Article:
Schmilco

'Schmilco' by Wilco, album review by Stewart Wiseman

Our Rating

5.7

When most artists reach the ten album benchmark, you expect a pattern to develop over their recording history, however no one’s ever been able to truly pin down Wilco. Few bands can maintain mass fandom and attention ten records in, and while the milestone might normally be cause for a celebration, on Schmilco Jeff Tweedy and co. rejoice in toned down whispers. Jeff Tweedy’s never been known as a chuckling funny man, but with an album titled “Schmilco” and comic strip cartoon album art, he seems to be more at ease with life than we’ve been accustomed to.

Wilco is more than capable of surrounding you in a tornado of noise, but here Tweedy makes sure that his words are front and centre; he wants you to digest every syllable. Thoughts of childhood and coming of age are omnipresent on the album, beginning with “Normal American Kid”, where Tweedy reminisces on his childhood “before he could drive and before he could vote”. The album opener has always been a strong trademark of Wilco’s (think the otherworldly intro on “I Am Trying To Break Your Heart”, the panic of last year’s “EKG”, or the schizophrenic “Art of Almost”), but “Normal American Kid” is a sing-song acoustic track that sets up a quieter tone for the album.

Schmilco is reminiscent of Jeff Tweedy’s father-son side-project Tweedy in the sense that it often sounds like a solo-record. This is the first Wilco album where it is sometimes hard to find where the full band fits in, and it will be interesting to see how they transform these songs in a live environment. “Common Sense” begins with Jeff Tweedy singing in a soft whisper – you feel that he’s sitting next to you in your room – only to be jolted by a reminder of the power of Nels Cline’s guitar. Unfortunately, this is one of the very few times on the album where Cline is given free range to be his experimental self, and his lack of contribution on Schmilco is quite jarring.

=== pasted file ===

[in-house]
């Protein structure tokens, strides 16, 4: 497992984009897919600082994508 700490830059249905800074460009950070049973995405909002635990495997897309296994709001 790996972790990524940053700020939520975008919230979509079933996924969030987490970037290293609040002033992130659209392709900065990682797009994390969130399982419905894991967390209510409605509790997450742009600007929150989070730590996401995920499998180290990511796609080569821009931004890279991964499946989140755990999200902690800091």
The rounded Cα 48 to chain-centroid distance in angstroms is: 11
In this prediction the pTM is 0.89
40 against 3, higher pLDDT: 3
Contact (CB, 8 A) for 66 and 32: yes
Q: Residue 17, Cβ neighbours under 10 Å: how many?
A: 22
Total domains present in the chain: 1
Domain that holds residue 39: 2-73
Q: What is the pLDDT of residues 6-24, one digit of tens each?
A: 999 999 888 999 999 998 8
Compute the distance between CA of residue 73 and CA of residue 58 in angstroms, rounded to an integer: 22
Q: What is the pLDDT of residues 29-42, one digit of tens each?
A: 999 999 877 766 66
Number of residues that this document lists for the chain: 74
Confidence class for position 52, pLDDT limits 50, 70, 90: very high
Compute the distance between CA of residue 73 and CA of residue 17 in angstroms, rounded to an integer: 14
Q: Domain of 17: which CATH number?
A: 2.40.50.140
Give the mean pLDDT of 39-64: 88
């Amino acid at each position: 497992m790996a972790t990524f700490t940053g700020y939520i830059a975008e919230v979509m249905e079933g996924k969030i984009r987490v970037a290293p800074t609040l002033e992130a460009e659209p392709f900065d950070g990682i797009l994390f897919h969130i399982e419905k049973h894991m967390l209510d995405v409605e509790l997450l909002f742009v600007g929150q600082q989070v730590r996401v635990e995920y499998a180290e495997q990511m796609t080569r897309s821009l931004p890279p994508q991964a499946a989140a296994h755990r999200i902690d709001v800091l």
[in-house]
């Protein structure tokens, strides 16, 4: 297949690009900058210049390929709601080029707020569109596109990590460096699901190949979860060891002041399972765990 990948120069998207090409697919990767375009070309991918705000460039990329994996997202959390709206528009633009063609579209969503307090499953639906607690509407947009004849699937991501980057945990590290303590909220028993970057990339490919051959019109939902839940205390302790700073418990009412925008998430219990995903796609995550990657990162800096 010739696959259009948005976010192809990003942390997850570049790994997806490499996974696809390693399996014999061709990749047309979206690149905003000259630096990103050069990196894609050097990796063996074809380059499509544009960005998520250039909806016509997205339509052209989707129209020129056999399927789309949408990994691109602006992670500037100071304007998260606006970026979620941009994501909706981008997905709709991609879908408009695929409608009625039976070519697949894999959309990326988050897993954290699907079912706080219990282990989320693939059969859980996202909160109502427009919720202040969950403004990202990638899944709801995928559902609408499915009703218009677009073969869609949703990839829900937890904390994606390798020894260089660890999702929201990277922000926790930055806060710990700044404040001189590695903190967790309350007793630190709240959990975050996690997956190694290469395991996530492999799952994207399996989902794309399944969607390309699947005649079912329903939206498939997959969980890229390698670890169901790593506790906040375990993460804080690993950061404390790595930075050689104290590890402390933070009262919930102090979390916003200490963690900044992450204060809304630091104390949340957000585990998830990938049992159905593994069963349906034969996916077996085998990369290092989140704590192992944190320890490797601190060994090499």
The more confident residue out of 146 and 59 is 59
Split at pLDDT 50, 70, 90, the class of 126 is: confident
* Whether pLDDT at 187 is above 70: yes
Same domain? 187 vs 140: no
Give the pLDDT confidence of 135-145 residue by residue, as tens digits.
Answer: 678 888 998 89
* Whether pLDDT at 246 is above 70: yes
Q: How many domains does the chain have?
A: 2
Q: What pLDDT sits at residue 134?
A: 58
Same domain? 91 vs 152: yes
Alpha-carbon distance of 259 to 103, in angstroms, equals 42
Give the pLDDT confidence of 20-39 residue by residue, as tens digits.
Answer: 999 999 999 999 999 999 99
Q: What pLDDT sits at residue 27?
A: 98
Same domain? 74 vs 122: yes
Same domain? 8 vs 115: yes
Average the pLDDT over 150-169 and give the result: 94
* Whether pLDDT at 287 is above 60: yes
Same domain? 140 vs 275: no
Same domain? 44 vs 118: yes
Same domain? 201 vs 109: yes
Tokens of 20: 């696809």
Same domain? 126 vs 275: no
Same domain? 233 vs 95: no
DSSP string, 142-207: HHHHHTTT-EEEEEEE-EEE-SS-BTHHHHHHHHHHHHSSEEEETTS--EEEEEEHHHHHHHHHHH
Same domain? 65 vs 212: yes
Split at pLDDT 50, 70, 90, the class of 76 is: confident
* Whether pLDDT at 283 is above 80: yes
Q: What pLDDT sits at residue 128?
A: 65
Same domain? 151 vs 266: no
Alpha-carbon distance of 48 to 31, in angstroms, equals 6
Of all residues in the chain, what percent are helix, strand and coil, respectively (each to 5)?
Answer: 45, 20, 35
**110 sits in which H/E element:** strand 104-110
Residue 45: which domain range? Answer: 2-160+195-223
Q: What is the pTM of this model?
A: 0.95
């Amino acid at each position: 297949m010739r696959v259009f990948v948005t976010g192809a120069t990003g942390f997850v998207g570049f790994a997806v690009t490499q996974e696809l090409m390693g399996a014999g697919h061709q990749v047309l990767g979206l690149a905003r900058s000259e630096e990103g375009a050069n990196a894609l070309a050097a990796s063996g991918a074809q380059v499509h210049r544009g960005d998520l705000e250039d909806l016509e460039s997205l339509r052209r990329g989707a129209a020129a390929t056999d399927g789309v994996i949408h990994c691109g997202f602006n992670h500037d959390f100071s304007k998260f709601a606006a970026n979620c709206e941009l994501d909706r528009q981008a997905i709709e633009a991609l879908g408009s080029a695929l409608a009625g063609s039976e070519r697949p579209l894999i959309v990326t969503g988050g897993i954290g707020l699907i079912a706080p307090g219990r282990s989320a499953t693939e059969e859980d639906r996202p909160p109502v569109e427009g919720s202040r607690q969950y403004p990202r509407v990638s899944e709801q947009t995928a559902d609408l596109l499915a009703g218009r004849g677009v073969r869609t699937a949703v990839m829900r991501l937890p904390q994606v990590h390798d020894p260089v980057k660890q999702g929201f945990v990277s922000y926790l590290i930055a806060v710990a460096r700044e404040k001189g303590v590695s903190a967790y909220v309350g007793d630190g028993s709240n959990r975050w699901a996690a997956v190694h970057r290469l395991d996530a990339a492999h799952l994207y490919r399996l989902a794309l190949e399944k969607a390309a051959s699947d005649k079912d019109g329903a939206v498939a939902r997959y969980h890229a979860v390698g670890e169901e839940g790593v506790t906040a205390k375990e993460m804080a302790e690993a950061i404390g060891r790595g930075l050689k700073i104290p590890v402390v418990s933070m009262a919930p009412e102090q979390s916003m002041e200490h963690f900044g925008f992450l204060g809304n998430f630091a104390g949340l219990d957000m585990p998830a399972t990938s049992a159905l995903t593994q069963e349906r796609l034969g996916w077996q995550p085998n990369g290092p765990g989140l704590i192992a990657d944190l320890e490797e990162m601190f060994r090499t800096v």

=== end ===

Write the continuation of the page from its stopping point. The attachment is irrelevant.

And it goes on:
Schmilco is Wilco at their most subdued, the excitement of the full band is hard to find and all that is left is skin and bones. We’ve heard Jeff Tweedy scream and let his voice betray his emotions (see: Misunderstood, Passenger Side), but here he is unusually quiet, refusing to let excitement or sadness take control of his tones in a sign of his aging maturity. The album seems to please Tweedy more than it will please fans (or the rest of the band), and is arguably Wilco’s weakest album to date. One of Schmilco’s largest flaws is that this group of songs is too similar to live as a collection. The jarring edges of Star Wars are noticeably missing and absent, which is unfortunate as both albums were recorded at the same time. Wilco albums are usually something to revisit time and time again, however there is little on Schmilco that will have you running back. “If I Ever Was A Child” and “Normal American Kid” are the album’s two highlights, but it will be interesting to see if the rest of these songs will live on in future Wilco shows. It’s always nice to check in with Jeff Tweedy, but this isn’t the pedigree of album we’re used to from Wilco. Sometimes the greatest of bands can have a throwaway album, right now Schmilco is an album that’s quick to forget.

Stewart Wiseman